for his family - Edward Briggs|
Inside Out looks at the lives
of young carers in the North West of England.
We look at two young carers
and how caring for parents and siblings has affected their lives.
Most teenagers expect a lie-in on a morning, but for
most young carers, the day starts early.
It's seven o'clock and
13-year-old Edward Briggs is making breakfast.
Homework and socialising
with his friends have to be fitted in around Edward's role as a young carer.
younger brother Thomas has Attention Deficit Hyperactivity Disorder (ADHD) and
Aspergers Syndrome which means he needs looking after all the time.
and his mum Hazel share the caring role. He takes on a lot of his mum's jobs so
she can concentrate on Thomas' needs.
He cooks, cleans, helps with the laundry,
and supervises his brother when his mum is doing other jobs.
like a tag team," says Hazel.
There's just the two of them to do all
the work. The boys' father left when Edward was two and Thomas was nine months.
Edward has had to grow up fast.
Taking a break
is by no means alone.
A young carer
is defined as a child or young person under the age of 18 carrying out significant
caring tasks and assuming a level of responsibility for another person, which
would normally be taken by an adult.
A questionnaire of 150 young carers
across the UK found 82% said their school did not make any allowances for their
Forty per cent of carers said they had problems
getting their homework in on time.
The survey found 21 per cent of young
carers had trouble getting to school because of transport issues.
survey in 2004 found that 27% of all young carers of secondary school age experience
some problems at school.
Anecdotal evidence suggests many young carers
miss days off school to care for someone, can fall asleep in class, experience
bullying and feel isolated from their peers.
Source: The Princess Royal
Trust for Carers
According to The Princess Royal Trust
for Carers there are around six million carers in the UK and around 75,000 of
them are aged under 18.
Despite of the work the Trust does in offering
carers practical and emotional support, it fully admits that it is only scratching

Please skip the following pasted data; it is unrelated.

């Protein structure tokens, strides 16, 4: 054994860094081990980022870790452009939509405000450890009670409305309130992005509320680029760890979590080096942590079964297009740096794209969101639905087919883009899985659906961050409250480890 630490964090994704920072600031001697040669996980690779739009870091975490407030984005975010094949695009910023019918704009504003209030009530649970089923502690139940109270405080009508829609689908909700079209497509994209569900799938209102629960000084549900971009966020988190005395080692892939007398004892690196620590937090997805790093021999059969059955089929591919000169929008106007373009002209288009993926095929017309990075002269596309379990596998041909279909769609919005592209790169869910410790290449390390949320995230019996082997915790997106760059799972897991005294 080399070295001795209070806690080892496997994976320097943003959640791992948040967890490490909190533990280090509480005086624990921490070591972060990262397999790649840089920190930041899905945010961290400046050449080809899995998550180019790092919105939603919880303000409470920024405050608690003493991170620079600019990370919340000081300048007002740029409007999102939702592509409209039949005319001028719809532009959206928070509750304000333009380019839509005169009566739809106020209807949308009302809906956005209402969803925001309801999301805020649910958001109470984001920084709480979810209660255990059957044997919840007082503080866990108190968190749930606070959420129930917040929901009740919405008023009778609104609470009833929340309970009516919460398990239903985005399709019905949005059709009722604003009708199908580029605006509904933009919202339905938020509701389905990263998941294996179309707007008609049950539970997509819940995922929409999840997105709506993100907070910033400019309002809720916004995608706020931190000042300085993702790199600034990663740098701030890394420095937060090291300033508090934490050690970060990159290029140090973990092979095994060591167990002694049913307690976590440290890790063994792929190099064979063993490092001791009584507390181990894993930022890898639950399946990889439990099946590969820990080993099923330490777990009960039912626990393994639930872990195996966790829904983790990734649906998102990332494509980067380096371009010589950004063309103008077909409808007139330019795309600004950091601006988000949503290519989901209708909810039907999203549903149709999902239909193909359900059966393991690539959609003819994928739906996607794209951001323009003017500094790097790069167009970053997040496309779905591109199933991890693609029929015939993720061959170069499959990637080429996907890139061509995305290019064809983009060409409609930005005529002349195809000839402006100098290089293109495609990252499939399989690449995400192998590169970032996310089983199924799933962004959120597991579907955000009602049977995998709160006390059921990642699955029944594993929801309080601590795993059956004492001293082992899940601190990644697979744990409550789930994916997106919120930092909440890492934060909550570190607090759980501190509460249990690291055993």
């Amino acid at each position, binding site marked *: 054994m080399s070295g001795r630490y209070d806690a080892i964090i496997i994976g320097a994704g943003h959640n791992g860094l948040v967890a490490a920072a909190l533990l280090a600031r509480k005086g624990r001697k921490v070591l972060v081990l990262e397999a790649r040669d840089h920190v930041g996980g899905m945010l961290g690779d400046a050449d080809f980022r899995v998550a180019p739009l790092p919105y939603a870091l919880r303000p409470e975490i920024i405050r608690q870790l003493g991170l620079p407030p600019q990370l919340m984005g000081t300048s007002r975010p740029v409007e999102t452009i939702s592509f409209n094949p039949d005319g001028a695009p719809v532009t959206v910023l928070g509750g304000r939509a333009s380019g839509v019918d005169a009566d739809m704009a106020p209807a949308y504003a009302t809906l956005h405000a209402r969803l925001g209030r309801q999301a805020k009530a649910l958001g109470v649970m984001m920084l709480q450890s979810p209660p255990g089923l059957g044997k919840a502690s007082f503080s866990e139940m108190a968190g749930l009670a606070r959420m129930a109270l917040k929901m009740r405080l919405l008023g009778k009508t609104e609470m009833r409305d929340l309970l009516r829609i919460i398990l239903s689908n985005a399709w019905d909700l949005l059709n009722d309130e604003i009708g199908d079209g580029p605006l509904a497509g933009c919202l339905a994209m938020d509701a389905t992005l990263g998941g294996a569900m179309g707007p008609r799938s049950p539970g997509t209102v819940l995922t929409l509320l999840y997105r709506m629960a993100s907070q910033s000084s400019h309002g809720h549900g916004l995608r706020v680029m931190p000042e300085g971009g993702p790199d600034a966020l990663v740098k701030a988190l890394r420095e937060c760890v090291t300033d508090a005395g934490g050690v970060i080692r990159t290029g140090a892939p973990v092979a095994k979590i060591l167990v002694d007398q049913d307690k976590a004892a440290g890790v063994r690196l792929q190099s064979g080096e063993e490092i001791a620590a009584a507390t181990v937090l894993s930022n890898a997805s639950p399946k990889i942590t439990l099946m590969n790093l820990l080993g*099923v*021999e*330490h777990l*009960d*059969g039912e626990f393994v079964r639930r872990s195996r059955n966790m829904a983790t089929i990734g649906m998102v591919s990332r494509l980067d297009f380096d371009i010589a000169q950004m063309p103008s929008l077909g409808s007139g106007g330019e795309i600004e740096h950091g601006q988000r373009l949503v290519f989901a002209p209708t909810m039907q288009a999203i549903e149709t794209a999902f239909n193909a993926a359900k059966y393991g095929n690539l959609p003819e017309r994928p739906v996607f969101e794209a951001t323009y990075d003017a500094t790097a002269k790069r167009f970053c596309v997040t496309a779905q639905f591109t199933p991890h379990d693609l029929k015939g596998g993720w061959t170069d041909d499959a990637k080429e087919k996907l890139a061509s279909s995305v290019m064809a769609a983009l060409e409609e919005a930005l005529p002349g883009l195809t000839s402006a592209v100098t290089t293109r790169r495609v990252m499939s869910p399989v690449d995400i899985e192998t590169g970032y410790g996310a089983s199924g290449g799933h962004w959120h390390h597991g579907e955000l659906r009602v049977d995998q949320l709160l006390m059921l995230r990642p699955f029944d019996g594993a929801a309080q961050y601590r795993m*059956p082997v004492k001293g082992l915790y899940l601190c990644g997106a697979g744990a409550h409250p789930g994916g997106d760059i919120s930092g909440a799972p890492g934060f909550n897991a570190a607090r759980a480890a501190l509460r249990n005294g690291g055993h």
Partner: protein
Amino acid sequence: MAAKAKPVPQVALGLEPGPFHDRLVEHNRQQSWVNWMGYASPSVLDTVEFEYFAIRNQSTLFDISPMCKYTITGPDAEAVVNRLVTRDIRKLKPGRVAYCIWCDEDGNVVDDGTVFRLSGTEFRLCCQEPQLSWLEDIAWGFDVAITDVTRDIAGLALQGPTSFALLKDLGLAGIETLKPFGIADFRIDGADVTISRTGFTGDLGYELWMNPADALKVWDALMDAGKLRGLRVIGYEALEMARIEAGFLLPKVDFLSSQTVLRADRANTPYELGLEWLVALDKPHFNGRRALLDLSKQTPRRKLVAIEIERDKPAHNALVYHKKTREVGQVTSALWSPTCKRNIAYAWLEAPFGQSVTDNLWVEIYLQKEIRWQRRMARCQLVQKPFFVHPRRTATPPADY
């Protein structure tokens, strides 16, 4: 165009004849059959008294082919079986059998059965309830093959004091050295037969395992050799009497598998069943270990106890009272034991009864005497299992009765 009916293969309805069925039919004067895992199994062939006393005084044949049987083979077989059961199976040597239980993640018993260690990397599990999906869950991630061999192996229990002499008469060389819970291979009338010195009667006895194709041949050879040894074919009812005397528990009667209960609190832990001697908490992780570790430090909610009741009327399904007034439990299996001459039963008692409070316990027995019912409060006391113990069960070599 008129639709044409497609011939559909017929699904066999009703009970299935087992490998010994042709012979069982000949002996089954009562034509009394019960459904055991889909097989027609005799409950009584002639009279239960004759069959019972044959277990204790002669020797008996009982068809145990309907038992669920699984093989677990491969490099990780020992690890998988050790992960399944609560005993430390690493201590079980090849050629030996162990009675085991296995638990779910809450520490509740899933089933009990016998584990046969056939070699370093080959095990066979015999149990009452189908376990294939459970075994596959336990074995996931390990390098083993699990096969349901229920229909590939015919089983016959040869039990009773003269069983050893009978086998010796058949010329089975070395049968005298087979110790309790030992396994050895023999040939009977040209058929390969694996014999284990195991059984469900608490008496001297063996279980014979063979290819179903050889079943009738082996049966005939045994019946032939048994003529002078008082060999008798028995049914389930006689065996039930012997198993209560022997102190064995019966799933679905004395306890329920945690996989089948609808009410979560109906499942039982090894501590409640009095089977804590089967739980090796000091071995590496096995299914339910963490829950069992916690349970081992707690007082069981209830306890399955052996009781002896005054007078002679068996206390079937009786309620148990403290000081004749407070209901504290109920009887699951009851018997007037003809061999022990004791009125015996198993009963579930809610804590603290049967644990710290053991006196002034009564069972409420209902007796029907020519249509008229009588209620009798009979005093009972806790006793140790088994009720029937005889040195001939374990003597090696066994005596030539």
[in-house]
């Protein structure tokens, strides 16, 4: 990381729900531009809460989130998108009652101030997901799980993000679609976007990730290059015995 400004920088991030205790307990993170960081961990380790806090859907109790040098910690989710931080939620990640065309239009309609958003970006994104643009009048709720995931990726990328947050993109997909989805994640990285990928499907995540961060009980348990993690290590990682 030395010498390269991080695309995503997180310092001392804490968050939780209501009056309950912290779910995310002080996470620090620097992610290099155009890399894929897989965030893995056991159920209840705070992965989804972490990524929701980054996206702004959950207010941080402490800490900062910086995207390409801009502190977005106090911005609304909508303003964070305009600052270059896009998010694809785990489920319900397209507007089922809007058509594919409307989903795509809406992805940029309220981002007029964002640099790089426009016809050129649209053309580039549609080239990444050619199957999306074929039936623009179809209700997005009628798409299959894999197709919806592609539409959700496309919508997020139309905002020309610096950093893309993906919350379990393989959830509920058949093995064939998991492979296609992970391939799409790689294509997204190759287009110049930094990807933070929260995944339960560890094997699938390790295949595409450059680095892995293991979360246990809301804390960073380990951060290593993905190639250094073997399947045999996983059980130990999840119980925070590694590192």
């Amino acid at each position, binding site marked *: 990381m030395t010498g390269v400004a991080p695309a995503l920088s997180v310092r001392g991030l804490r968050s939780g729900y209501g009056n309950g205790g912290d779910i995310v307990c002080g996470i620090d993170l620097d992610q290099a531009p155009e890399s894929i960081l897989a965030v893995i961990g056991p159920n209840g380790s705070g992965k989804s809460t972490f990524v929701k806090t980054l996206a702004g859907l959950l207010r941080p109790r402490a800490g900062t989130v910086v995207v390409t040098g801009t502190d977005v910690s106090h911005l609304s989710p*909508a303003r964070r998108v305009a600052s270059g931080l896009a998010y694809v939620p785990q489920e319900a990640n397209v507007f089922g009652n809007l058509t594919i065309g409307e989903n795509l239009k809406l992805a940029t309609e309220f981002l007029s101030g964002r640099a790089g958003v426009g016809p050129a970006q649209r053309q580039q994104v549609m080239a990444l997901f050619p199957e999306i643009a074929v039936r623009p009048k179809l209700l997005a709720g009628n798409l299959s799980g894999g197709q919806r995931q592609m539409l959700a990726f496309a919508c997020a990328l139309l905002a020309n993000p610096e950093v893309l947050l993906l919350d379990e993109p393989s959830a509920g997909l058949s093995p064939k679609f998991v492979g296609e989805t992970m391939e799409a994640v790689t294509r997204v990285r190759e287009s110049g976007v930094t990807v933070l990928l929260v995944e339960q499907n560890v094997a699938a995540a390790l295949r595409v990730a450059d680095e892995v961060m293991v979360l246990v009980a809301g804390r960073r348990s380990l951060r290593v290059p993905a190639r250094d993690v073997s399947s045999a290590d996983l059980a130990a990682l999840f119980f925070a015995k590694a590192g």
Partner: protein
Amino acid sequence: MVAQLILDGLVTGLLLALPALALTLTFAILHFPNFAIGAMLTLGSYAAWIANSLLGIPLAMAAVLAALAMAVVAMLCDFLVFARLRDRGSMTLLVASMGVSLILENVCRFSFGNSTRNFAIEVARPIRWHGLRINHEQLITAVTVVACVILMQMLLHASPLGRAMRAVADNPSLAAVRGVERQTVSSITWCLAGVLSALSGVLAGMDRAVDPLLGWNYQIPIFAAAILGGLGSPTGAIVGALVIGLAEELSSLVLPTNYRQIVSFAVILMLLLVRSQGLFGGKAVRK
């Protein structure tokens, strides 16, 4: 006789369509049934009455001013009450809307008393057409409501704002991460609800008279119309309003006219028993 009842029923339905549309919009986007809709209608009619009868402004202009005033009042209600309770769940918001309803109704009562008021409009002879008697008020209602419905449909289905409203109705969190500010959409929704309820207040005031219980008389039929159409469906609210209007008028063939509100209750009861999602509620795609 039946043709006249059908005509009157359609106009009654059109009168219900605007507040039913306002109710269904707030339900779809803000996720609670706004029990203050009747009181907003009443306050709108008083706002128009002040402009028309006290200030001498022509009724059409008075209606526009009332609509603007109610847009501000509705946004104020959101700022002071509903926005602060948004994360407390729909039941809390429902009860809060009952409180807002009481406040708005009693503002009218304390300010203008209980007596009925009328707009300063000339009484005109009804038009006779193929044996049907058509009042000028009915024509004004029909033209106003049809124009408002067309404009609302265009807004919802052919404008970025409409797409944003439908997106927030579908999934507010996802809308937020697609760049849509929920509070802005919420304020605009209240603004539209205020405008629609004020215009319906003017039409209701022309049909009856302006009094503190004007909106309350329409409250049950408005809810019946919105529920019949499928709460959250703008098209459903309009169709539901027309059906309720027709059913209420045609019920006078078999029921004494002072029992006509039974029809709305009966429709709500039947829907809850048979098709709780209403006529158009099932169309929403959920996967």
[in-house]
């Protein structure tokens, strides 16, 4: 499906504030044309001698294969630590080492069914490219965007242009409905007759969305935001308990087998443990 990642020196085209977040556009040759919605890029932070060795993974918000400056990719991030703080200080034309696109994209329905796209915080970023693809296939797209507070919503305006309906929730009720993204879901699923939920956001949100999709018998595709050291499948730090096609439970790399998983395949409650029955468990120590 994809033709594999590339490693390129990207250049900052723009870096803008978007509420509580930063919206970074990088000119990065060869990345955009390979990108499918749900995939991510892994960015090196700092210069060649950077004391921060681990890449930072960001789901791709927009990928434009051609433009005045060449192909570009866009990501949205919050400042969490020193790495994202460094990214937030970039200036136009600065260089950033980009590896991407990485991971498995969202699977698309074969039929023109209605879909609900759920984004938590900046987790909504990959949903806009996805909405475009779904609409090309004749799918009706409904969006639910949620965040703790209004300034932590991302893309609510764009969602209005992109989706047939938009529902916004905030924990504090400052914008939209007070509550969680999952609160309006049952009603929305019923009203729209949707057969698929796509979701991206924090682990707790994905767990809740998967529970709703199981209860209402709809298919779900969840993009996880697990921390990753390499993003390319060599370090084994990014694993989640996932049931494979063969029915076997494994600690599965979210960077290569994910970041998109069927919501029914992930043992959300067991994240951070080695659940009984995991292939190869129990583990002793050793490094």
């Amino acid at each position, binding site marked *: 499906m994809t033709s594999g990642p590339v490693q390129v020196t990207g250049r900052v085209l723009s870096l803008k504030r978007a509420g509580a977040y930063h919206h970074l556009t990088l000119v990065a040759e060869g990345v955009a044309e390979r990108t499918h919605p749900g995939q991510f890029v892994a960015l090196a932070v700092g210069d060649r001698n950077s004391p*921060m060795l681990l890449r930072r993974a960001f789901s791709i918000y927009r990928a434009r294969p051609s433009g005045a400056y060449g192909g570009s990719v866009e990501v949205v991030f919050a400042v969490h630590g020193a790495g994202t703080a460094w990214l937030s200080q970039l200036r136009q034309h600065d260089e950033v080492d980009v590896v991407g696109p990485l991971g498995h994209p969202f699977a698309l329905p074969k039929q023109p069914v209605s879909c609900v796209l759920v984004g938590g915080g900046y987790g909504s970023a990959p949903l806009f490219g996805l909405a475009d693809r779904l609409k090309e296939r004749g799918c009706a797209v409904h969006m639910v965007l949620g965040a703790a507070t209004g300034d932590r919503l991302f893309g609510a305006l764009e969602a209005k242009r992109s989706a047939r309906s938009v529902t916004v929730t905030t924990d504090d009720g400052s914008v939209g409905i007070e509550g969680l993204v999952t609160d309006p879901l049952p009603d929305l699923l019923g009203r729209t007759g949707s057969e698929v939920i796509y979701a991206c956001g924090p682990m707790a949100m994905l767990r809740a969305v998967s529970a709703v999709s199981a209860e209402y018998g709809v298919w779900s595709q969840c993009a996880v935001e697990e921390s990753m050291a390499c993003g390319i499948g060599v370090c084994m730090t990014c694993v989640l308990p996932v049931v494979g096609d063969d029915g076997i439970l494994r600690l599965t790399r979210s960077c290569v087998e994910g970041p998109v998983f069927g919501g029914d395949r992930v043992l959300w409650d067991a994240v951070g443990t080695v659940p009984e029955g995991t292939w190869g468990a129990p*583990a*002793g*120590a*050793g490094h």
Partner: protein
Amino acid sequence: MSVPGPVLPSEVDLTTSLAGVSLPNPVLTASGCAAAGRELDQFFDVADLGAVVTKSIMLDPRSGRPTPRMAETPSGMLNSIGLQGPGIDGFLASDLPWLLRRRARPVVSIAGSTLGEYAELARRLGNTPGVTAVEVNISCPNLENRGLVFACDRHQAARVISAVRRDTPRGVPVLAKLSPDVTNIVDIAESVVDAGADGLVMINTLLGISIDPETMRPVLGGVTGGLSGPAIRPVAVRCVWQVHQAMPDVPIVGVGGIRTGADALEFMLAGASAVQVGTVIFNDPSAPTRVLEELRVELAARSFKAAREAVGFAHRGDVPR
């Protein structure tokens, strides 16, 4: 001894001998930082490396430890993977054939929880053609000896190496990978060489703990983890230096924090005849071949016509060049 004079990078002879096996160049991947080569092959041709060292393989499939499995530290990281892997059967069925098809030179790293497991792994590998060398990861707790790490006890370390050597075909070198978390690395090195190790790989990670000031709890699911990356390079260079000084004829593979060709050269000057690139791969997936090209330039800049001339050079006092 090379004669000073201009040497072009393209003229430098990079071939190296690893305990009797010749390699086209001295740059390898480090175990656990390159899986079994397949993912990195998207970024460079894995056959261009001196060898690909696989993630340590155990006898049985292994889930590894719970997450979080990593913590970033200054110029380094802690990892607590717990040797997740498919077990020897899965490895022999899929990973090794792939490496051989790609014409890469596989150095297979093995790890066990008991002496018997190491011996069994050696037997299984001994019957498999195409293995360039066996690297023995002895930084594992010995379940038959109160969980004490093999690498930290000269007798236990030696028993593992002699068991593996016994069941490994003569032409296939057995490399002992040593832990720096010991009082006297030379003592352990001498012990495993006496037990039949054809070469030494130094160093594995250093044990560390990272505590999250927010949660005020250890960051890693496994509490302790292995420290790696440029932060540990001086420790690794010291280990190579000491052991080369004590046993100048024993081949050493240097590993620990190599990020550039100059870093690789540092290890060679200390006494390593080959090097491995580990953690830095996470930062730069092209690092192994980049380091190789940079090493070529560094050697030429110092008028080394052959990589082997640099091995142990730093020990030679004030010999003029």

It's estimated that there are 22,920 youngsters in the North
West coping with the extra responsibility of caring for someone.
Cochrane, from the Princess Royal Trust for Carers says, "I think the biggest
thing is the isolation."
It's hard on the young carers as they can
lose out on their childhood in many ways.
School is the one place Edward
can be a normal 13-year-old boy - it gives him a break from caring.
is often the only one who can calm his brother down.
When they were both
in the same school, it had a big effect on Edward's school life as he would be
called from his own class to deal with his brother.
Help at hand
things get too much for young carers, there is help at hand.
at Edward's school can make an appointment to see the school mentor to chat through
any difficulties or concerns.
Briggs juggles homework and caring at home|
It's also important
for carers like Edward to get a break.
We join Edward at a bowling session
organised by Carers Link at Accrington Superbowl, a group that provides support
and offers the children a chance to let off steam and forget their responsibilities
For many it's the only chance for them to relax and wind down.
also a chance for an informal chat about how things are going at home.
can talk to them about anything," says Edward who believes that activities
like this have helped to calm him down.
is now an adult, but he spent much of his childhood as a carer.
as a team - the Cash family|
He helped his dad look after his
mum Sue, who has MS, from an early age.
Stuart was given the freedom to
develop his own life but it's not been without its difficulties.
Sue Cash were always conscious that their son Stuart needed a life away from being
Ian has been Sue's full-time carer for Sue for 27 years which
has brought its own financial and emotional pressures.
He is now Chair of
the West Lancashire Carers Centre, which helps other carers with support and advice.
life of their own
Although things have improved in recent years for
carers as a result of legislation like the Equal Opportunities Act of 2004, there
is still room for improvement.
Many carers feel they are a silent majority
sacrificing their own careers and lives to help loved ones who otherwise could
cost the tax payer a fortune because they would need round the clock hospital
or respite care.
One of the biggest difficulties facing Edward and all
young carers is developing a life of their own - away from the home.
mum Hazel is hoping that the family will eventually get support from social services
to ease the burden on her and the son she's come to rely on.
that Edward is a fantastic help - she doesn't know where she would be without
"He's my rock... I'm proud of him," she says emotionally.
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